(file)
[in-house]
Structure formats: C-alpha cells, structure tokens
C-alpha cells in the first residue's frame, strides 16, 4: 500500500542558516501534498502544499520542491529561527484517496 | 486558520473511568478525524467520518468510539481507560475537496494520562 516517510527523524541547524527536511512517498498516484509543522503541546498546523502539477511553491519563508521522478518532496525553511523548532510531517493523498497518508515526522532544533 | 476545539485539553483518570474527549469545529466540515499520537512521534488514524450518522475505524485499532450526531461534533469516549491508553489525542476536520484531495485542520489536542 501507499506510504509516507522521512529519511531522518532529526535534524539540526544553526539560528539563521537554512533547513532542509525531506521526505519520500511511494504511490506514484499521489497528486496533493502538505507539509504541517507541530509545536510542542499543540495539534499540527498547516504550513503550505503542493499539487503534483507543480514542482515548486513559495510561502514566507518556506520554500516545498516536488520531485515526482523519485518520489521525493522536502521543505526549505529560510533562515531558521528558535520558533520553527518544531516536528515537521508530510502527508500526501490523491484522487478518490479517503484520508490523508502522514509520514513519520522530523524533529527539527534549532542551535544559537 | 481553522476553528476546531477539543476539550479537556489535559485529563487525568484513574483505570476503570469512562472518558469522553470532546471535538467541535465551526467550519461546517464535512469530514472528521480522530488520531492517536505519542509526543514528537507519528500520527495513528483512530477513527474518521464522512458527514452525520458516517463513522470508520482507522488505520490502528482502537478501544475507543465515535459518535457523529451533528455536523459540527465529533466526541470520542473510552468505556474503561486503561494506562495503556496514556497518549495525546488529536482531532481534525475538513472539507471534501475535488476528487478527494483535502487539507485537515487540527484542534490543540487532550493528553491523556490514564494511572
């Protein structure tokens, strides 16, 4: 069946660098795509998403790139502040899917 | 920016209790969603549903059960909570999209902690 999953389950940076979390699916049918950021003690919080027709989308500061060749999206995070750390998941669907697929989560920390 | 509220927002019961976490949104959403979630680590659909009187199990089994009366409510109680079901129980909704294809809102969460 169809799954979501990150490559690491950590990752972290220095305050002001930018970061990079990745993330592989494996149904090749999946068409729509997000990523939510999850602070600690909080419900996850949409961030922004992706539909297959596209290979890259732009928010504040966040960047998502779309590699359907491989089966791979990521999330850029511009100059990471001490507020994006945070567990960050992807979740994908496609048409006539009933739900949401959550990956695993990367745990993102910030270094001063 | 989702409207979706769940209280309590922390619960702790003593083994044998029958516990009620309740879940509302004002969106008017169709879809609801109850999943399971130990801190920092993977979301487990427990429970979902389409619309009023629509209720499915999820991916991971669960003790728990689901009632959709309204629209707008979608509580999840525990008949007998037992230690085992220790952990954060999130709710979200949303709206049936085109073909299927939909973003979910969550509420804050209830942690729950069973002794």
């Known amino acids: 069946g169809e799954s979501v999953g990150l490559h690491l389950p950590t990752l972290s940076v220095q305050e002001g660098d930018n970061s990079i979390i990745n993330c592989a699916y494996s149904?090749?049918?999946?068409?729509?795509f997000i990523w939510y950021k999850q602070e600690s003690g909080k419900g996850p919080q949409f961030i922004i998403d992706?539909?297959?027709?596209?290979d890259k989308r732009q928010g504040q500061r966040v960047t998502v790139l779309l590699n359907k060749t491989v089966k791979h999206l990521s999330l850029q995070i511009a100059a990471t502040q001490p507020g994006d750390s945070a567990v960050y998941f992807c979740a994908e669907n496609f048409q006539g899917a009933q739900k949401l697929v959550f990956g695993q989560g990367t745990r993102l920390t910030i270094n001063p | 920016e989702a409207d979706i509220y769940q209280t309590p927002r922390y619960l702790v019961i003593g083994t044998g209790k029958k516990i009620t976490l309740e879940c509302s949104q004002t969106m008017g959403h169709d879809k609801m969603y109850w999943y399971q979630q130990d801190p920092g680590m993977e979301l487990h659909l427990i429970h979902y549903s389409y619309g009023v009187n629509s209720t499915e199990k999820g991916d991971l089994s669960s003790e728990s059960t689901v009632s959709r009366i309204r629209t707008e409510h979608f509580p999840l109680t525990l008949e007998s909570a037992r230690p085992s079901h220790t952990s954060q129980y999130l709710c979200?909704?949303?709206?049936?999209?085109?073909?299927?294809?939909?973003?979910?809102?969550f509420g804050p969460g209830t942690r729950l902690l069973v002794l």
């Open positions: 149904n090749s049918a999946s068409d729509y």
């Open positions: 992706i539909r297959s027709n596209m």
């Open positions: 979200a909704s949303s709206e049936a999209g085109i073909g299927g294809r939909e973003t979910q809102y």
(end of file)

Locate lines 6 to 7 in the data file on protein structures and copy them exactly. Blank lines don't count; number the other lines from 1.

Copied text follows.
């Open positions: 149904n090749s049918a999946s068409d729509y």
């Open positions: 992706i539909r297959s027709n596209m």